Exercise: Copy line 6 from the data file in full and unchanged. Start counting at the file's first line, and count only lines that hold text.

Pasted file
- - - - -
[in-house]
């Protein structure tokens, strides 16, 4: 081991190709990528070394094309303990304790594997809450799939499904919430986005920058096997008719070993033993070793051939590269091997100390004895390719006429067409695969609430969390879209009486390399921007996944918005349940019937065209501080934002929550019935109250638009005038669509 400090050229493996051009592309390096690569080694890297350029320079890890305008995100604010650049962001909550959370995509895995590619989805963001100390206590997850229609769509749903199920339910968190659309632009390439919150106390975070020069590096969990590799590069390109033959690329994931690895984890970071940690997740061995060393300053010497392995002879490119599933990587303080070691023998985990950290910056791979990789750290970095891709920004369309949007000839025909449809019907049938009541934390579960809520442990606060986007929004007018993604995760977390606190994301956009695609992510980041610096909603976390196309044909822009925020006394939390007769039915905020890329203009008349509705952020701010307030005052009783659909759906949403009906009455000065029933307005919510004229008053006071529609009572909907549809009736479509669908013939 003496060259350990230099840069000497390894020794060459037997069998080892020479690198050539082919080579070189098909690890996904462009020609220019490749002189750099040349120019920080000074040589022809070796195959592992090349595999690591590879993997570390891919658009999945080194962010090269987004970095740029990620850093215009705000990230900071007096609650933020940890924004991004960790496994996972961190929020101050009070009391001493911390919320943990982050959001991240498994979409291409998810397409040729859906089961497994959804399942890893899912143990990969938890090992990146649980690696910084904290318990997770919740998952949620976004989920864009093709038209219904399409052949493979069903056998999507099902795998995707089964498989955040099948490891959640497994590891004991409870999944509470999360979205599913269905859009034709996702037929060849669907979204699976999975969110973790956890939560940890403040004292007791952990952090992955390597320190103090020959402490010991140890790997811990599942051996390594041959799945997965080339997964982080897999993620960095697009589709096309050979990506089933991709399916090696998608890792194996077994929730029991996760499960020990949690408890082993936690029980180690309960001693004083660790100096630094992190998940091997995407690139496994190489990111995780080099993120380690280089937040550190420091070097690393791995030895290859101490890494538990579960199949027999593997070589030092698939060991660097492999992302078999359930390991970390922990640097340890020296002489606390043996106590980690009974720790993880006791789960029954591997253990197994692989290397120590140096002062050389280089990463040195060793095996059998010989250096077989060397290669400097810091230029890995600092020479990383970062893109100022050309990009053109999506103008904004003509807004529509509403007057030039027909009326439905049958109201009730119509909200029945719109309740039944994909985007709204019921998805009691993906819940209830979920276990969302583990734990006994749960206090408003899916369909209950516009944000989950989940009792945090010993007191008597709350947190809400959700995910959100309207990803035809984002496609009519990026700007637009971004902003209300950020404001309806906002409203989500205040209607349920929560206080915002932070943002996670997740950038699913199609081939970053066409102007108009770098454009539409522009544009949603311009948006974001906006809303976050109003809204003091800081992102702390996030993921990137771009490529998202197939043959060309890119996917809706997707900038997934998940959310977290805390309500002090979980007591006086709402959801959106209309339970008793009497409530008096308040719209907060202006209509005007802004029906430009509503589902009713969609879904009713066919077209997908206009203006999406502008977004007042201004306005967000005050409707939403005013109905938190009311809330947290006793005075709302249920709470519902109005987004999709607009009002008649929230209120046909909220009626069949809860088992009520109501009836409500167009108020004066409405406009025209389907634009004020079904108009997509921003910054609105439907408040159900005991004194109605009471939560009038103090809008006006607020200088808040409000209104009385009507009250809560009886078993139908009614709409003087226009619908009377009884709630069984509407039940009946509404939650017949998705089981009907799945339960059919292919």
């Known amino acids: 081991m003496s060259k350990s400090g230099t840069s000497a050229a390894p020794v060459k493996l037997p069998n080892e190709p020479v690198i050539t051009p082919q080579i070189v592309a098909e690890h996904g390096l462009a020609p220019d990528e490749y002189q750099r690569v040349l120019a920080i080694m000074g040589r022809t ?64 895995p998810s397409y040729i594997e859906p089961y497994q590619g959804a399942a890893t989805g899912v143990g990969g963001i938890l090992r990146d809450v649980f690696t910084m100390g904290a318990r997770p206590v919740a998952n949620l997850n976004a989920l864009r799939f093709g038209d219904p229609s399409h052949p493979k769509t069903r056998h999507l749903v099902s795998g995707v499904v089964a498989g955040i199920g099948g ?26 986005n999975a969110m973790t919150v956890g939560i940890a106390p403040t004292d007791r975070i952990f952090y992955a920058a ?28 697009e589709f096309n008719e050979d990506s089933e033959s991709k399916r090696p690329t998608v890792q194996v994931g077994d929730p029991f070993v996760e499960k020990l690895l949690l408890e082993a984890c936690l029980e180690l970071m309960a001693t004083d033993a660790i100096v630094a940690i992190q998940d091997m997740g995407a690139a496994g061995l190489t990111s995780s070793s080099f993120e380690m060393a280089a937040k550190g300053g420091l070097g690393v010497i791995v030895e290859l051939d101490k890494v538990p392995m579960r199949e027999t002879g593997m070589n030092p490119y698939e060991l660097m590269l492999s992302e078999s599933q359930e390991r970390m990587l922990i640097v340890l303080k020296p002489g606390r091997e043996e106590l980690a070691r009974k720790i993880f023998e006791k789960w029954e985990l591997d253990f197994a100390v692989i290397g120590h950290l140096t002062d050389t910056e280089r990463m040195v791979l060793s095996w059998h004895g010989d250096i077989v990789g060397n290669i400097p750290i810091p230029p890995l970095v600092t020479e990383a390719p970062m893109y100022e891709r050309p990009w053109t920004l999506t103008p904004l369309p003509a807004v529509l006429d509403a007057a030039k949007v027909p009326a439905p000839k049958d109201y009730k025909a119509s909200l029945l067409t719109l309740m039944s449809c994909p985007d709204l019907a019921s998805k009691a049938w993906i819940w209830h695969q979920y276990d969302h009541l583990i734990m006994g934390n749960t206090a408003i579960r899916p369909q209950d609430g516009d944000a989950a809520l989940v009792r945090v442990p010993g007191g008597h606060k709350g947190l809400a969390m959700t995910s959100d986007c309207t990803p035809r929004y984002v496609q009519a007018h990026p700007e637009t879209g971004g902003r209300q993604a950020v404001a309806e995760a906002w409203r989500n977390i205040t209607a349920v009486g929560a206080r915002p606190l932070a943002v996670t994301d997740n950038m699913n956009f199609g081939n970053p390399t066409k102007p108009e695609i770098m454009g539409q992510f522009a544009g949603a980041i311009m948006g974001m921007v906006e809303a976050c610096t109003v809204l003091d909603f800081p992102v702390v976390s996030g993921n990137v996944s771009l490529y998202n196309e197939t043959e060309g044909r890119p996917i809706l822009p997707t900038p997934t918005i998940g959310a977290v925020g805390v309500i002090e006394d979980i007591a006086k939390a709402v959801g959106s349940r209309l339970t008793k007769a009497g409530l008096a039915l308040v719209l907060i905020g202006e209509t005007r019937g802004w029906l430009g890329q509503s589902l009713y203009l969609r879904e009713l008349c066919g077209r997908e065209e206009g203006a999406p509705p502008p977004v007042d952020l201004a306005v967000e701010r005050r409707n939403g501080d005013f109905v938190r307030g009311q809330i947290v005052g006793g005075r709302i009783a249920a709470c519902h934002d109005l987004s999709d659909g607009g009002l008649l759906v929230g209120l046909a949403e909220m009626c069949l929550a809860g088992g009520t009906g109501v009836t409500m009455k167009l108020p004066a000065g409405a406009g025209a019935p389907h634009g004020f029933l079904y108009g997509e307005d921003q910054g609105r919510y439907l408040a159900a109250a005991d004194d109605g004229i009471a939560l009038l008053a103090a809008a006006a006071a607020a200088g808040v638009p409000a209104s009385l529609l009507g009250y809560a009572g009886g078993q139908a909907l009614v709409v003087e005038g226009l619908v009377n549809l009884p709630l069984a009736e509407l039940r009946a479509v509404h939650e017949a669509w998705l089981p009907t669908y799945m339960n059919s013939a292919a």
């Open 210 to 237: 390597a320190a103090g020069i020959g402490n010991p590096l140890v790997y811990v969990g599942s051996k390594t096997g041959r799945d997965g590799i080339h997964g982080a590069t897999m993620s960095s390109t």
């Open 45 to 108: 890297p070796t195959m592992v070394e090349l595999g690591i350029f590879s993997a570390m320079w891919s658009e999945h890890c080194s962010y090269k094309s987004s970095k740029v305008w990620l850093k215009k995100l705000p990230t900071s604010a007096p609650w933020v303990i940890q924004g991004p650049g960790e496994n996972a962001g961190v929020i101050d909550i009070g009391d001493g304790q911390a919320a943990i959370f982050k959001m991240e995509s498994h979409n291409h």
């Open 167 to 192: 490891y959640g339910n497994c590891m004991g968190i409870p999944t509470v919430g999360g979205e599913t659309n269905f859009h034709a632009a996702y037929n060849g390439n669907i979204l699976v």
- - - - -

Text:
């Open 167 to 192: 490891y959640g339910n497994c590891m004991g968190i409870p999944t509470v919430g999360g979205e599913t659309n269905f859009h034709a632009a996702y037929n060849g390439n669907i979204l699976v």